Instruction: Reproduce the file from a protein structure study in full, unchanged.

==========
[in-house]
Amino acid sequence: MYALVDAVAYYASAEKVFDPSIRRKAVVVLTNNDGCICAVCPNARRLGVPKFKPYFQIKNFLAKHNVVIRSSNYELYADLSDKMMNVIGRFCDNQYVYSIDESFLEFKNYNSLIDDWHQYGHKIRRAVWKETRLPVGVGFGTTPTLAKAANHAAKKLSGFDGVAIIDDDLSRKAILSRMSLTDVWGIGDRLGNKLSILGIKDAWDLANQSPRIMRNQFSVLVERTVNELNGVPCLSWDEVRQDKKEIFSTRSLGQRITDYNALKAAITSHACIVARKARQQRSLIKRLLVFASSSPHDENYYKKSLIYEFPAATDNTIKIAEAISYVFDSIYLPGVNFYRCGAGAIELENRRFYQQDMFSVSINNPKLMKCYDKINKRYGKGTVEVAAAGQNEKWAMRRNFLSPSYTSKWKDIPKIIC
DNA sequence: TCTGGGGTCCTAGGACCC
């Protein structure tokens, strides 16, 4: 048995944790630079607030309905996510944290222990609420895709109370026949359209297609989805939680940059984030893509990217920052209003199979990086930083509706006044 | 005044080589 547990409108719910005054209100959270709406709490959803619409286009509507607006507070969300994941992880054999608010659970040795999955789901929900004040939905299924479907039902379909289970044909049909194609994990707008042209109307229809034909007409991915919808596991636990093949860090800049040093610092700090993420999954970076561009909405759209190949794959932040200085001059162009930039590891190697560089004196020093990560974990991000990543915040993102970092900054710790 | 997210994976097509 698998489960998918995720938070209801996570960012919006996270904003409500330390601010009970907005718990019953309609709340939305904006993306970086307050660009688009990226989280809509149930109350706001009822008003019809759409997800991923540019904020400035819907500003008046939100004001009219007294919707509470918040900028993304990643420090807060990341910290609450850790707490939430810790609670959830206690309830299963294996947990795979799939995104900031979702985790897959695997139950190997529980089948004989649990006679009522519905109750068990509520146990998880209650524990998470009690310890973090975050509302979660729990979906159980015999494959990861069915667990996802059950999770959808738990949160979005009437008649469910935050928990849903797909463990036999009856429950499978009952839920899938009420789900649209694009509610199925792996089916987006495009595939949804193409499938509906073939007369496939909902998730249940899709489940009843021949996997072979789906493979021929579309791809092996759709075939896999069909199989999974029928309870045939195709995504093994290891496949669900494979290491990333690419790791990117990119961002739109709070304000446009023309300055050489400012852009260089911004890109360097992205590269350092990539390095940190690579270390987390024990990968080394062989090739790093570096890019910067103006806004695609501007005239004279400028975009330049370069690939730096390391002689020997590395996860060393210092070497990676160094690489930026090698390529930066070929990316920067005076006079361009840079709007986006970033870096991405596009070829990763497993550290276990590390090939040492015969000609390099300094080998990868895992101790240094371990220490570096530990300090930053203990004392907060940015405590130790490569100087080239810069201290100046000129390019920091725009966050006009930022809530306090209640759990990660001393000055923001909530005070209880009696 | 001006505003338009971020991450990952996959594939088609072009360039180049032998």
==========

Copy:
[in-house]
Amino acid sequence: MYALVDAVAYYASAEKVFDPSIRRKAVVVLTNNDGCICAVCPNARRLGVPKFKPYFQIKNFLAKHNVVIRSSNYELYADLSDKMMNVIGRFCDNQYVYSIDESFLEFKNYNSLIDDWHQYGHKIRRAVWKETRLPVGVGFGTTPTLAKAANHAAKKLSGFDGVAIIDDDLSRKAILSRMSLTDVWGIGDRLGNKLSILGIKDAWDLANQSPRIMRNQFSVLVERTVNELNGVPCLSWDEVRQDKKEIFSTRSLGQRITDYNALKAAITSHACIVARKARQQRSLIKRLLVFASSSPHDENYYKKSLIYEFPAATDNTIKIAEAISYVFDSIYLPGVNFYRCGAGAIELENRRFYQQDMFSVSINNPKLMKCYDKINKRYGKGTVEVAAAGQNEKWAMRRNFLSPSYTSKWKDIPKIIC
DNA sequence: TCTGGGGTCCTAGGACCC
């Protein structure tokens, strides 16, 4: 048995944790630079607030309905996510944290222990609420895709109370026949359209297609989805939680940059984030893509990217920052209003199979990086930083509706006044 | 005044080589 547990409108719910005054209100959270709406709490959803619409286009509507607006507070969300994941992880054999608010659970040795999955789901929900004040939905299924479907039902379909289970044909049909194609994990707008042209109307229809034909007409991915919808596991636990093949860090800049040093610092700090993420999954970076561009909405759209190949794959932040200085001059162009930039590891190697560089004196020093990560974990991000990543915040993102970092900054710790 | 997210994976097509 698998489960998918995720938070209801996570960012919006996270904003409500330390601010009970907005718990019953309609709340939305904006993306970086307050660009688009990226989280809509149930109350706001009822008003019809759409997800991923540019904020400035819907500003008046939100004001009219007294919707509470918040900028993304990643420090807060990341910290609450850790707490939430810790609670959830206690309830299963294996947990795979799939995104900031979702985790897959695997139950190997529980089948004989649990006679009522519905109750068990509520146990998880209650524990998470009690310890973090975050509302979660729990979906159980015999494959990861069915667990996802059950999770959808738990949160979005009437008649469910935050928990849903797909463990036999009856429950499978009952839920899938009420789900649209694009509610199925792996089916987006495009595939949804193409499938509906073939007369496939909902998730249940899709489940009843021949996997072979789906493979021929579309791809092996759709075939896999069909199989999974029928309870045939195709995504093994290891496949669900494979290491990333690419790791990117990119961002739109709070304000446009023309300055050489400012852009260089911004890109360097992205590269350092990539390095940190690579270390987390024990990968080394062989090739790093570096890019910067103006806004695609501007005239004279400028975009330049370069690939730096390391002689020997590395996860060393210092070497990676160094690489930026090698390529930066070929990316920067005076006079361009840079709007986006970033870096991405596009070829990763497993550290276990590390090939040492015969000609390099300094080998990868895992101790240094371990220490570096530990300090930053203990004392907060940015405590130790490569100087080239810069201290100046000129390019920091725009966050006009930022809530306090209640759990990660001393000055923001909530005070209880009696 | 001006505003338009971020991450990952996959594939088609072009360039180049032998």